With so many cameras announced last year, I sort of overlooked reviewing the Canon PowerShot Elph 100 HS. And that's kind of a shame.
When it was released in the first half of 2011, it was Canon's least expensive camera with a, which gives better low-light photos and shooting performance than the CCD sensors Canon used previously for its Elphs. It was priced at $199.99, which was a great deal at the time for a BSI CMOS camera. Now, almost a year later, it's nearly $100 less, making it an outstanding bargain for its features and performance.
If you're unhappy with your smartphone camera or just want a simple point-and-shoot to jam in your pocket for a day trip, the Elph 100 HS is a very good choice--even with its issues. Canon tells me it won't be around much longer, though, so if you're interested, you might want to pick one up soon. (And in case you're curious how it stacks up against the iPhone 4S, check out .)
|Key specs||Canon PowerShot Elph 100 HS|
|Dimensions (WHD)||3.7 inches by 2.2 inches by 0.8 inch|
|Weight (with battery and media)||4.9 ounces|
|Megapixels, image sensor size, type||12 megapixels, 1/2.3-inch backside-illuminated CMOS|
|LCD size, resolution/viewfinder||3-inch LCD, 230K dots/None|
|Lens (zoom, aperture, focal length)||4x, f2.8-5.9, 28-112mm (35mm equivalent)|
|File format (still/video)||JPEG/H.264 AAC (.MOV)|
|Highest resolution size (still/video)||4,000x3,000 pixels/ 1,920x1,080 pixels at 24fps|
|Image stabilization type||Optical and digital|
|Battery type, CIPA rated life||Li-ion rechargeable, 230 shots|
|Battery charged in camera||No; external charger supplied|
|Bundled software||ZoomBrowser EX 6.7/PhotoStitch 3.1 (Windows); ImageBrowser 6.7/PhotoStitch 3.2 (Mac); Map Utility 1.0 (Windows/Mac)|
I thought the photo quality from the Canon Elph 300 HS and 100 HS might be about the same, considering both have a 12-megapixel BSI CMOS sensor and Canon's Digic 4 processor. But while they have the same pluses and minuses, the 100 HS for some reason just isn't as good as the 300 HS.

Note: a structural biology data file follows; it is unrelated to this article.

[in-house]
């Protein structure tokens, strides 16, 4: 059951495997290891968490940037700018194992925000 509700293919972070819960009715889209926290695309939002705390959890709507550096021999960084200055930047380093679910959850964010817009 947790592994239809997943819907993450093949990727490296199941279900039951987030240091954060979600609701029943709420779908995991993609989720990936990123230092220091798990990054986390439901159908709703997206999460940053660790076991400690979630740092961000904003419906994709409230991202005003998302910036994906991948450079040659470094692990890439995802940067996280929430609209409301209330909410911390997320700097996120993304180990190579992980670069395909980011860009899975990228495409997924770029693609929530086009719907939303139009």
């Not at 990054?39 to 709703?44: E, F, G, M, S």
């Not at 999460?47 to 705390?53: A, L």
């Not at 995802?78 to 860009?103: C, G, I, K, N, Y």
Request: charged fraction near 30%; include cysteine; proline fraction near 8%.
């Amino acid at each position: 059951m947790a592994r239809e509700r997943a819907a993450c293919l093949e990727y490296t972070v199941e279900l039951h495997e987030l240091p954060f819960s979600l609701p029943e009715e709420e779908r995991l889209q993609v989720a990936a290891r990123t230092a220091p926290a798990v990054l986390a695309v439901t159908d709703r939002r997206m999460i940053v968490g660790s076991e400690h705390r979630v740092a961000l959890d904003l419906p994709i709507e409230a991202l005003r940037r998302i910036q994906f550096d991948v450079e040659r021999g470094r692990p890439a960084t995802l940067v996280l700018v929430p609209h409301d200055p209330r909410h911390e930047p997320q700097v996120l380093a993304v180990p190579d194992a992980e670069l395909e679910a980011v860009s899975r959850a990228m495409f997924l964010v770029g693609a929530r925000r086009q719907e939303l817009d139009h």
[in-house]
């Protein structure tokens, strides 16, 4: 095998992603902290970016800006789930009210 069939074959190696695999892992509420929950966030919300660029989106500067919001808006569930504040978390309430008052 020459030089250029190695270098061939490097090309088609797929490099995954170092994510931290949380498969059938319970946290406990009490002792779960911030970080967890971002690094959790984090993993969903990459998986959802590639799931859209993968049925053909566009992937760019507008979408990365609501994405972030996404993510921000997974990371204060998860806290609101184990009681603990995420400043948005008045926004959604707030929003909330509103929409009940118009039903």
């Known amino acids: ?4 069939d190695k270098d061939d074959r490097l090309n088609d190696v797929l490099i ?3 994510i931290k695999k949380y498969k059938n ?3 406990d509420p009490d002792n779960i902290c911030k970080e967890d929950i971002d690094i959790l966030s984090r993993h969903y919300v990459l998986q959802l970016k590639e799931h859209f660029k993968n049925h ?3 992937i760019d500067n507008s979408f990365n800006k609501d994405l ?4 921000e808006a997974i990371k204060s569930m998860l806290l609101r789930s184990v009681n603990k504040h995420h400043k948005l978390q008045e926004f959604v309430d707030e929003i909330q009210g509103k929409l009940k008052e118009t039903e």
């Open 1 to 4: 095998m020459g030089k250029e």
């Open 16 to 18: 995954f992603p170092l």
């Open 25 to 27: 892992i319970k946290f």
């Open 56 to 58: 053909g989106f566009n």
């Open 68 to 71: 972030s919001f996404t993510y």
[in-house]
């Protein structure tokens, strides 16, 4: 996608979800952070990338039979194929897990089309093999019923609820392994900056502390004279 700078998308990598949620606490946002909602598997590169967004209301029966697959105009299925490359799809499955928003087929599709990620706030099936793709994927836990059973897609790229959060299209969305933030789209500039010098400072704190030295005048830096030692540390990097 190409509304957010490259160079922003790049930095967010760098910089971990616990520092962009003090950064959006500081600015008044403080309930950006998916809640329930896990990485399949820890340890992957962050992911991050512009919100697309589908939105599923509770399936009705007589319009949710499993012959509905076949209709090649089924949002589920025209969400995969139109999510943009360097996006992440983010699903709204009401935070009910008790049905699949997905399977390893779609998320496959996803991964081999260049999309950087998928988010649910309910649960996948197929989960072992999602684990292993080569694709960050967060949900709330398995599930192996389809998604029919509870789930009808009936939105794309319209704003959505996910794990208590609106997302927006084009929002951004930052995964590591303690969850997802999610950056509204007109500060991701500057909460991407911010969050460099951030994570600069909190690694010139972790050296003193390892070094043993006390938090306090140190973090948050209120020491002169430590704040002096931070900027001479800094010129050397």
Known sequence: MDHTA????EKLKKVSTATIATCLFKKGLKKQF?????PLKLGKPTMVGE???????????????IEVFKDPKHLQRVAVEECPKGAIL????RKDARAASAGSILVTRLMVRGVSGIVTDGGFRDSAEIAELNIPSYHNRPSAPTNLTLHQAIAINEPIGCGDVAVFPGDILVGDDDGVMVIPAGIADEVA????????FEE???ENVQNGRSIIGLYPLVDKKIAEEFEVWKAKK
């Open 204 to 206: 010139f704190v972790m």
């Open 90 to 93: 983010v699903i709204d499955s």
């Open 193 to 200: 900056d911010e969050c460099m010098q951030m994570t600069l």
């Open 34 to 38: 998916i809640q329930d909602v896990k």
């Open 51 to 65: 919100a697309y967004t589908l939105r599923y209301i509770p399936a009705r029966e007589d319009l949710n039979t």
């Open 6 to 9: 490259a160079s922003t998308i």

Photos from the 100 HS look soft even at its lowest ISOs, but get noticeably softer at ISO 400 and higher. However, if you're using them at small sizes, you can safely use up to ISO 800. Colors desaturate some at ISO 1600 and 3200, subjects look very soft, and detail is greatly diminished. While you might not want to view them at larger sizes or enlarge and heavily crop them, the high-ISO results should be satisfactory for Web use. They are about as good as you're going to get for this price and a little post-shoot sharpening with basic editing software will improve things.
The 100 HS' color performance is excellent: bright, vivid, and accurate. Exposure is also very good, though highlights will blow out on occasion. There is a slight amount of barrel distortion at the wide end of the lens (top), but no pincushioning when the lens is extended. Fringing around high-contrast subjects was minimal and only really visible when photos were viewed onscreen and at 100 percent. The lens is fairly sharp at the center and consistent edge to edge--something I usually can't say about cameras at this price.
Video quality is on par with a good HD pocket video camera, good enough for Web use and nondiscriminating TV viewing. The full HD video records at 24 frames per second, and though panning the camera will create judder and there is visible trailing on moving subjects, the video is watchable. Those things are typical of the video from most compact cameras, too. The zoom lens does not work while recording; digital zoom is available, but I don't recommend using it as the results are terrible.